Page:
Music review: James, Usher Hall, Edinburgh

James have been around for over four decades now, but the energy they created at the Usher Hall was still vigorous and exciting, writes David Pollock

James, Usher Hall, Edinburgh ****

Preceding the release this summer of their greatest-hits-reworked orchestral record Be Opened By The Wonderful, this show gave the James back catalogue an outing in grand fashion – at full complement there were 36 musicians and singers onstage, including an orchestra and a gospel choir.

It’s been 41 years since the Manchester-founded band first came together, and the new record will be their 17th in that time. Throughout this two-set, 26-song show, they were able to draw in both anthemic hits and the kind of B-side obscurism which even a reasonably dedicated fan might have to check their old album sleeves to remind themselves of.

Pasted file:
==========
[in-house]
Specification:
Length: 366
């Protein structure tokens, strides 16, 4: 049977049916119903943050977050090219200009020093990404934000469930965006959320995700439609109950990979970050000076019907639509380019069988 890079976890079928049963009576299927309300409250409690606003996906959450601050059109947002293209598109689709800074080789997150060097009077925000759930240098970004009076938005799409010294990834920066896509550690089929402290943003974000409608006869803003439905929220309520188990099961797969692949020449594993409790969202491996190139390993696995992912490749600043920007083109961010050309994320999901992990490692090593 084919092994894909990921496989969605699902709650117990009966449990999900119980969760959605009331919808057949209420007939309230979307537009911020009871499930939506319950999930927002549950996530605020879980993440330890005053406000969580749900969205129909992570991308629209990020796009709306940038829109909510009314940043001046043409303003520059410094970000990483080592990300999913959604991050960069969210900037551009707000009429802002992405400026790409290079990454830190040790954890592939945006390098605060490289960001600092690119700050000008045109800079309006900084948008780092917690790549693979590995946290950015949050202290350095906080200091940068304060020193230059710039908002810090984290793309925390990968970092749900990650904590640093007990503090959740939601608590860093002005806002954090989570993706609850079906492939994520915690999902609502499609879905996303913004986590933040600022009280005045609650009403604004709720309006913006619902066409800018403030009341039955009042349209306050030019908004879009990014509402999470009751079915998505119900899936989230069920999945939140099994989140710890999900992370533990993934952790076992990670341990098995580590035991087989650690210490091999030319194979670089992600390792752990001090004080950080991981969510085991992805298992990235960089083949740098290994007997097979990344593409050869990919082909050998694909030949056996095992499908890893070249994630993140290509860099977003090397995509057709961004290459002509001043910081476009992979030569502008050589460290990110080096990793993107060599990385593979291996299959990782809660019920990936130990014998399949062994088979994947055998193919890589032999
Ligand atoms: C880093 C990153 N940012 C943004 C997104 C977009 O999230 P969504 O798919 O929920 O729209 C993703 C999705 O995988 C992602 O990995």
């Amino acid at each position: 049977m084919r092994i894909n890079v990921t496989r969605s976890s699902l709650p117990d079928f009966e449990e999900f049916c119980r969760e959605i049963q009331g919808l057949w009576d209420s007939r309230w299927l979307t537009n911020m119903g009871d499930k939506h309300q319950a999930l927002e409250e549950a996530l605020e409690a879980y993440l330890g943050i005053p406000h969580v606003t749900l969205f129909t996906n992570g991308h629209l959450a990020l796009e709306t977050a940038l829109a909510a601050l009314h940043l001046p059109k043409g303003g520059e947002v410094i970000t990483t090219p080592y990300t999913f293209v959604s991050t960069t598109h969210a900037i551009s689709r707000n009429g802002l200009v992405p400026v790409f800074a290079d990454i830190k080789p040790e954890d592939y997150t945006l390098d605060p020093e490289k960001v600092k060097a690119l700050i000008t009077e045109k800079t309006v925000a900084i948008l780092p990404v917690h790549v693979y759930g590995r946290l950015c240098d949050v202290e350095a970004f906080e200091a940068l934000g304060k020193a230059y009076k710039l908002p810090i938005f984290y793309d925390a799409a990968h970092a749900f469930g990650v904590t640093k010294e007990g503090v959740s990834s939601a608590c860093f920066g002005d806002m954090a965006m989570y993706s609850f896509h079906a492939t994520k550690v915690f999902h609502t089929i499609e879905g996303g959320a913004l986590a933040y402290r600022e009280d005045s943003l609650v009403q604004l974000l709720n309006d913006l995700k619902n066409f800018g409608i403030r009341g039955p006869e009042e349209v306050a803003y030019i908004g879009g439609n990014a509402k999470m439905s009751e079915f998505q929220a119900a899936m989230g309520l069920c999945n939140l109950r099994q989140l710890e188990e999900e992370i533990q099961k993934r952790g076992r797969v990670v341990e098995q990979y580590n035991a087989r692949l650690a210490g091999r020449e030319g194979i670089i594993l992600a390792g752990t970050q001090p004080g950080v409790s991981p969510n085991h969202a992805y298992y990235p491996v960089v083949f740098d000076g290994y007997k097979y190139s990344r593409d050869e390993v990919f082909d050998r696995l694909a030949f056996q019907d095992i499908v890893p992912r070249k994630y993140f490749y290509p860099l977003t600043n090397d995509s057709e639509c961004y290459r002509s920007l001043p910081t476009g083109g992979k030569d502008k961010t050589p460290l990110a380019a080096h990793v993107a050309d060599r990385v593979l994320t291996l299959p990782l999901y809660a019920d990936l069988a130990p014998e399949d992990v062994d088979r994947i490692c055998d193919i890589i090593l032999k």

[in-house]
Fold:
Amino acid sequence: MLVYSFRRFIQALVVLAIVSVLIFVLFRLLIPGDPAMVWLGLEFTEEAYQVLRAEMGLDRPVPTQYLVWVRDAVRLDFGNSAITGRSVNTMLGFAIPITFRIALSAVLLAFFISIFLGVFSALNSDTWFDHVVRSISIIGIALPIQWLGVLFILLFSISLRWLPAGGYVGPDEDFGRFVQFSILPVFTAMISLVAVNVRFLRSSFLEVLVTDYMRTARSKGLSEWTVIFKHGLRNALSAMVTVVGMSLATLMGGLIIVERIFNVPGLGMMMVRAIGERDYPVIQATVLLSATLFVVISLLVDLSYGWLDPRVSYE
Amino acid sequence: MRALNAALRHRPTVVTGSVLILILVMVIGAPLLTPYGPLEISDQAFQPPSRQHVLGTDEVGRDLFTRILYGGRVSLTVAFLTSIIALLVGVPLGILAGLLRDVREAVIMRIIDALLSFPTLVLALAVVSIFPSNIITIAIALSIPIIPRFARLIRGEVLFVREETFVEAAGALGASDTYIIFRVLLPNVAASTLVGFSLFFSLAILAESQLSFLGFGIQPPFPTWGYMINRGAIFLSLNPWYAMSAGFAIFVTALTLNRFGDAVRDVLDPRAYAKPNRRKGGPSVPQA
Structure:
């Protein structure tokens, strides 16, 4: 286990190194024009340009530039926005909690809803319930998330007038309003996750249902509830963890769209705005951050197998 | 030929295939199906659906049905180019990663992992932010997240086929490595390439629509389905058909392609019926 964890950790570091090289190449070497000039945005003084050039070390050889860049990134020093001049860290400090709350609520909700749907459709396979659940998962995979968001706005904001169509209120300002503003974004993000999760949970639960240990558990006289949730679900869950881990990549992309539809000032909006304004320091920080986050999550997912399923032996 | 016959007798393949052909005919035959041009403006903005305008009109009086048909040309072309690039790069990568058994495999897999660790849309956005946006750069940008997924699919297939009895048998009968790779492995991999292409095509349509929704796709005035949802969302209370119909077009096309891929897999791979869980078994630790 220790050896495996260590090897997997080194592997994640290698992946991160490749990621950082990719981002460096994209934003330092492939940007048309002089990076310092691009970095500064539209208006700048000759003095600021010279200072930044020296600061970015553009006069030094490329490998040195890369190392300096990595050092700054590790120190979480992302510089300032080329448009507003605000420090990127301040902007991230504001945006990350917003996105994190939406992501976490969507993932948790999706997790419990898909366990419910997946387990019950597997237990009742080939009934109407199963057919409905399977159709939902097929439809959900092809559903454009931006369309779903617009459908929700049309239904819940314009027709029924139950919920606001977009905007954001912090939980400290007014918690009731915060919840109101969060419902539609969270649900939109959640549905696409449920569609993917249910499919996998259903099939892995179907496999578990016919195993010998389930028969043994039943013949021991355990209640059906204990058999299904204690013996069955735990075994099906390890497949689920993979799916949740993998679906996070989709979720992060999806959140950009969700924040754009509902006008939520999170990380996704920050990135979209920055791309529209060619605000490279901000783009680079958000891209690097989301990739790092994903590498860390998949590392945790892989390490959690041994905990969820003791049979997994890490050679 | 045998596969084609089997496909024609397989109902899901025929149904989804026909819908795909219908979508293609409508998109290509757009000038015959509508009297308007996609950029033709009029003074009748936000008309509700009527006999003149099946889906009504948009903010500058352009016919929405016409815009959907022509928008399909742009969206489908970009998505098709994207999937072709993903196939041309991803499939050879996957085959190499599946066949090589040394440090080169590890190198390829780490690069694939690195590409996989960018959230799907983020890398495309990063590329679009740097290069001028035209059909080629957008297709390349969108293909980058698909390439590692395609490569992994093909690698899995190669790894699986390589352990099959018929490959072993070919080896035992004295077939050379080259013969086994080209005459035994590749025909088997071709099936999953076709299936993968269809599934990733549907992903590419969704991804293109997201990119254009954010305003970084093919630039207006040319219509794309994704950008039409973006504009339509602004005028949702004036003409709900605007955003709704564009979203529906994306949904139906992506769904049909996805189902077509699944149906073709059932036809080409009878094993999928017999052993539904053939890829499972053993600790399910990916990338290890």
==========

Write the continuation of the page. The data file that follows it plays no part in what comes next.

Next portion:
James PIC: Lewis KnaggsJames PIC: Lewis Knaggs
James PIC: Lewis Knaggs
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“We assume you’re somewhat familiar with our music,” noted singer Tim Booth before The Lake. “These are the deep cuts.” He’s still in impressively fine voice and remains a typically dervish-like dancer at the age of 63 – overall a magnetic live presence.

He made his entrance through the stall aisles, singing along with the opening Magic Bus, and delivered Say Something while standing on a chair amid the crowd and squeezing the hands of grateful listeners. A band-requested embargo on mobile phones was well-observed, and he thanked the audience for allowing such “focus” in the room.

The Lake was the B-side to James’ 1993 hit Laid, which was surprisingly not played here, although there were enough signature songs in its absence. The sporadic outbreaks of crowd standing and dancing in a generally polite room became more feverish as She’s A Star, We’re Going To Miss You, Tomorrow, Sometimes and the chanting, inclusive Many Faces punctuated those deep dives.

James have been around for a long time, but the energy they created here was still vigorous and exciting.

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